Estrogen and brain inflammation: Effects on microglial expression of MHC, costimulatory molecules and cytokines

ArticleinJournal of Neuroimmunology 161(1-2):123-36 · May 2005with9 Reads
DOI: 10.1016/j.jneuroim.2004.12.016 · Source: PubMed
Abstract
To model the effects of estrogen on adaptive immunity in the brain, we examined the effects of 17beta-estradiol on microglial parameters related to antigen presentation and T cell activation. Specifically, the effects of 17beta-estradiol on basal and LPS-induced surface staining of Class I and II MHC, as well as CD40, CD80, CD86, CD152, CD28, CD8, CD11b, Fas, FasL, and also ERalpha and ERbeta, were examined in N9 microglial cells. Additionally, the effects of 17beta-estradiol on basal and LPS-induced release of cytokines (TNF-alpha, IFN-gamma, IL-2, IL-4, and IL-10) were determined. Data indicate that estrogen increases IL-10 while decreasing TNFalpha and IFNgamma release from resting and LPS-stimulated N9 cells. Additionally, LPS-induced surface staining of MHC Class I, CD40, and CD86 was significantly attenuated by estrogen pretreatment. The basal percentage of cells positive for MHC Class I and II, CD40, and CD152, Fas, and FasL was significantly decreased by estrogen exposure. However, CD8, CD86, CD11b, and CD28 were unaffected by estrogen, and CD80 cell surface staining significantly increased following estrogen exposure. Taken together, these data indicate that estrogen can significantly decrease components of adaptive immunity in microglial cells, and highlight the multi-faceted regulatory effects of estrogen on microglial parameters related to antigen presentation and T cell interaction.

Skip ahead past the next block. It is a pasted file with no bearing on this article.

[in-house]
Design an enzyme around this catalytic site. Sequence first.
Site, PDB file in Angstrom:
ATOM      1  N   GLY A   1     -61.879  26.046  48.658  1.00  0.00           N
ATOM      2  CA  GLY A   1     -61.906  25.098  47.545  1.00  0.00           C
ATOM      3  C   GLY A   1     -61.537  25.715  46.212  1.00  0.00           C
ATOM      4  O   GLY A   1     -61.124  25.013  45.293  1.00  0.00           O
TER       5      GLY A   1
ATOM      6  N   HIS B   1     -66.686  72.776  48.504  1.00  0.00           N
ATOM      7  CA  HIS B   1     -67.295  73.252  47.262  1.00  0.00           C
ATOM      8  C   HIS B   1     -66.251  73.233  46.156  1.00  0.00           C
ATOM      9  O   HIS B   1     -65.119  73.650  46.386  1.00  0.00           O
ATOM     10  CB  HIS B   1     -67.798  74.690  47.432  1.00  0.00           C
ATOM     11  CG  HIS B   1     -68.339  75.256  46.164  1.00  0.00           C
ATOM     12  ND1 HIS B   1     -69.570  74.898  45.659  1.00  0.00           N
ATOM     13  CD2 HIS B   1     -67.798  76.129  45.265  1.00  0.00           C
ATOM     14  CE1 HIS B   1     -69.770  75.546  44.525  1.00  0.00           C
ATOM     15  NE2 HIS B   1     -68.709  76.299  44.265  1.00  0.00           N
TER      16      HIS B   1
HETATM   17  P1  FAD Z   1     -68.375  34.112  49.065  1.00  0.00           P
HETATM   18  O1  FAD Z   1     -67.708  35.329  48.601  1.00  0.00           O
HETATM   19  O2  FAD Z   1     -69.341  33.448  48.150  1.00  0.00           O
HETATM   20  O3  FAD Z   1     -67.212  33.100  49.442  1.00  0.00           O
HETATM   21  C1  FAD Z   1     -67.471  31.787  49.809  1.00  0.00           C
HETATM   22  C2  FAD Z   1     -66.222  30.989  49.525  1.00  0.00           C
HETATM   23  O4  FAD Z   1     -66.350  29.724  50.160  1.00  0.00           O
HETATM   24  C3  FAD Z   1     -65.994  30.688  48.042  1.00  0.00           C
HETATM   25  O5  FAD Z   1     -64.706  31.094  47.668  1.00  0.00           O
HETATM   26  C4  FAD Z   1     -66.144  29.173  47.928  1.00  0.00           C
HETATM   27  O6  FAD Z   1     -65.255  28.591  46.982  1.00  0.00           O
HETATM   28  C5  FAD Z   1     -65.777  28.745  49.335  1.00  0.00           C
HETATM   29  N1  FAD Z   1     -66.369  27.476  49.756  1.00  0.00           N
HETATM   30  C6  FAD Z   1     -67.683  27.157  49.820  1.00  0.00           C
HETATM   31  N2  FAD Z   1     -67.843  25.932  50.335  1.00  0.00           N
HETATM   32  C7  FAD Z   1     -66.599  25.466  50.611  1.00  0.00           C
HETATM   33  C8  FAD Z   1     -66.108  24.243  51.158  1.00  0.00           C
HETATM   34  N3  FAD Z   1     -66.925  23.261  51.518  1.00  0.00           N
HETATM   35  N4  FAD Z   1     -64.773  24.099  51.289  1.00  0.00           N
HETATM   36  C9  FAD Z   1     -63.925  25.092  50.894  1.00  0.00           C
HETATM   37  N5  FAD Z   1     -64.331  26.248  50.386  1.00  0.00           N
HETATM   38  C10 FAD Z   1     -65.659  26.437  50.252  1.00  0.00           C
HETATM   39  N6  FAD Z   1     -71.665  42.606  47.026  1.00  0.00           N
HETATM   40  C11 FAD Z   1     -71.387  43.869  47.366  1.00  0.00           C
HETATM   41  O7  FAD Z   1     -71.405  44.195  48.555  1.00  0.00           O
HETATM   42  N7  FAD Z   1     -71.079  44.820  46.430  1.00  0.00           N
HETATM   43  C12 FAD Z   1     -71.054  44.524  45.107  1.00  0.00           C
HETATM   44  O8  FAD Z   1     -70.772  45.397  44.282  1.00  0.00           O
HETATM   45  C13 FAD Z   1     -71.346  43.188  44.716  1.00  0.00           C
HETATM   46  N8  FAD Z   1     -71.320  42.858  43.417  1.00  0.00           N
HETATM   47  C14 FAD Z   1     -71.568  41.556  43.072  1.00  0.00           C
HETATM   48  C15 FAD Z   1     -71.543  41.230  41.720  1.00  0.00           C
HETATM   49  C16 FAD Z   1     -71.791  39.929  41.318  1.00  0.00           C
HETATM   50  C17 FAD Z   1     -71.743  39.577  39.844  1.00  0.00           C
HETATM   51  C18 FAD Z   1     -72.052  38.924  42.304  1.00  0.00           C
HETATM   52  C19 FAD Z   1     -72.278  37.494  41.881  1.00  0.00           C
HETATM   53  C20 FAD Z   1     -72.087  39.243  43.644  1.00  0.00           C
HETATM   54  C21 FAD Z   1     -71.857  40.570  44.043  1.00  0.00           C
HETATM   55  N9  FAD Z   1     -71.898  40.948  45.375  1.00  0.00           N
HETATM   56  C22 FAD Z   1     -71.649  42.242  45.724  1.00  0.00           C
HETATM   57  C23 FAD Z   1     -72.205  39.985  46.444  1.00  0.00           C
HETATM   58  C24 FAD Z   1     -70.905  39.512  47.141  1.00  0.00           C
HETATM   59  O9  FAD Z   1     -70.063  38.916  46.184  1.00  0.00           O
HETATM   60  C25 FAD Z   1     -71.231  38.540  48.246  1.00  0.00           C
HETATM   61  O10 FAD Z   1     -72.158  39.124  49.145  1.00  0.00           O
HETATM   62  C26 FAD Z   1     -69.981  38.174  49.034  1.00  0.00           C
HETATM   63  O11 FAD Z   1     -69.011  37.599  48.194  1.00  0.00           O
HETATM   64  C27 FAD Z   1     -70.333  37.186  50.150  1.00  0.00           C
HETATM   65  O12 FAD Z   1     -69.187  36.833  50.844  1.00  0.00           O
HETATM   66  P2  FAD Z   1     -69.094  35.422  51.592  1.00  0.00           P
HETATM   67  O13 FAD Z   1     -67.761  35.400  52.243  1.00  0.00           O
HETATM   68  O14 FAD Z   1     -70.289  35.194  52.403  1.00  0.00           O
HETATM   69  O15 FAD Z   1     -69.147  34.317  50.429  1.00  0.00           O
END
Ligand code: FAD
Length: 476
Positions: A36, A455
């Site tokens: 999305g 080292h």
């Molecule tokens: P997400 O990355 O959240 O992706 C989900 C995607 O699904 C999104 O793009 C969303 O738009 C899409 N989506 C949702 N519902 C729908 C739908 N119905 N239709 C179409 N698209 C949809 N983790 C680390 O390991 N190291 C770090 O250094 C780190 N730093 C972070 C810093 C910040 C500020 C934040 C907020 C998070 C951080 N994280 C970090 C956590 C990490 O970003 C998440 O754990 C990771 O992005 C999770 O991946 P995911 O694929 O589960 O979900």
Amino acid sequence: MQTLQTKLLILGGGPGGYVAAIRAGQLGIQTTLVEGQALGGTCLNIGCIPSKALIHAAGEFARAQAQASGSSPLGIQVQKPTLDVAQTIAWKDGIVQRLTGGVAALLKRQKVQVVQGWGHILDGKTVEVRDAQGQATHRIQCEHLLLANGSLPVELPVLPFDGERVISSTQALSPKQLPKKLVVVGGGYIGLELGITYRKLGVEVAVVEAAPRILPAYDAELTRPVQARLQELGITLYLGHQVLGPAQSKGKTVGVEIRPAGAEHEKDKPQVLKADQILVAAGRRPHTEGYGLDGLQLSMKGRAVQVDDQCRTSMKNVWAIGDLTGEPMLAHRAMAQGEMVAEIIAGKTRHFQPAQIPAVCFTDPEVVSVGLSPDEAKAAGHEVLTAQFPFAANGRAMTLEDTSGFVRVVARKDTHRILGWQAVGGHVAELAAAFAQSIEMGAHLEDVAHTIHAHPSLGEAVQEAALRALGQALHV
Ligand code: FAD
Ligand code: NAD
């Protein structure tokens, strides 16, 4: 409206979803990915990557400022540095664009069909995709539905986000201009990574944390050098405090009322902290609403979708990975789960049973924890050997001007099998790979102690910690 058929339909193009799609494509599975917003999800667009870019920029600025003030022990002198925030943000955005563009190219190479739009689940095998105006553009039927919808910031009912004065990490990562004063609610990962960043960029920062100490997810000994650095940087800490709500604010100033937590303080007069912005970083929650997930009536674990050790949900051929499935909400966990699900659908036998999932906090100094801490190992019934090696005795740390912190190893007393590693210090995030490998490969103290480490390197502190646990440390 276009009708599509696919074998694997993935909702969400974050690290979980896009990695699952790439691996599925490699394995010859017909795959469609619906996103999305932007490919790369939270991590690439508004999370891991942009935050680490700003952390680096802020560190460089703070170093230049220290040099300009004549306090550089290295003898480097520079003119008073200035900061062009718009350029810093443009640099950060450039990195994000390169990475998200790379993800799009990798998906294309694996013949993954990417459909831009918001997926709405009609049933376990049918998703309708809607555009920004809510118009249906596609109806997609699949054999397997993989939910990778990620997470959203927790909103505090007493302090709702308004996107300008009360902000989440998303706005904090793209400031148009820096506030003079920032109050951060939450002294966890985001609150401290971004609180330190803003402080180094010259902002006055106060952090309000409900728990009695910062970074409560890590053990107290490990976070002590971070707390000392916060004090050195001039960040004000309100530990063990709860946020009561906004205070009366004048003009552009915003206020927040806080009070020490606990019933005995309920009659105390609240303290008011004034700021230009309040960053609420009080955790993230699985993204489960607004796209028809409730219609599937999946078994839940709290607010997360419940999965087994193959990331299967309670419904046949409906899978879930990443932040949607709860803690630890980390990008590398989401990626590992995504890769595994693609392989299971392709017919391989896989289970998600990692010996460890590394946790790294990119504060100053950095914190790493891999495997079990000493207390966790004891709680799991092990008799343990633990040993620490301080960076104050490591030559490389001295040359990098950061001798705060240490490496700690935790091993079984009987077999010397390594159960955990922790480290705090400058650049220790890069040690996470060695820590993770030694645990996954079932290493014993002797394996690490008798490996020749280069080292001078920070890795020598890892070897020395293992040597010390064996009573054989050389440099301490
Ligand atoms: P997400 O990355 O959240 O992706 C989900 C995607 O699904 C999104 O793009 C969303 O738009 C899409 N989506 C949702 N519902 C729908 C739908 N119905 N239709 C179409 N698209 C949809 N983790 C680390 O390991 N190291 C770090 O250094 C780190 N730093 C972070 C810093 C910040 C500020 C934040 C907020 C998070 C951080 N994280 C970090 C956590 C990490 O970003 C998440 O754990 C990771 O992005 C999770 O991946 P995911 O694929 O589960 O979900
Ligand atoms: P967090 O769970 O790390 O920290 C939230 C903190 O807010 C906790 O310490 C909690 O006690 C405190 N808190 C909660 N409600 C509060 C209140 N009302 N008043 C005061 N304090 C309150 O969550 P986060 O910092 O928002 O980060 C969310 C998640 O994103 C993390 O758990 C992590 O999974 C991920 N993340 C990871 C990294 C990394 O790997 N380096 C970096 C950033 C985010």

• "Importantly, estradiol downregulates the expression of proinflammatory molecules in astrocytes (Cerciat et al., 2010; Kipp et al., 2007; Lewis et al., 2008; Nazario Rubio et al., 2011; Valles et al., 2010) by mechanisms involving ERs and the inhibition of nuclear factor (NF) kB signaling (Cerciat et al., 2010; Dodel et al., 1999; Giraud et al., 2010). Estradiol also reduces microglia reactivity (Baker et al., 2004; Bruce-Keller et al., 2001 Dimayuga et al., 2005; Drew and Chavis, 2000; Tapia-Gonzalez et al., 2008; Vegeto et al., 2006). Since inflammatory molecules and microglia regulate the activation of astrocytes (Burda and Sofroniew, 2014), these actions of estradiol may contribute to the hormonal regulation of astrogliosis. "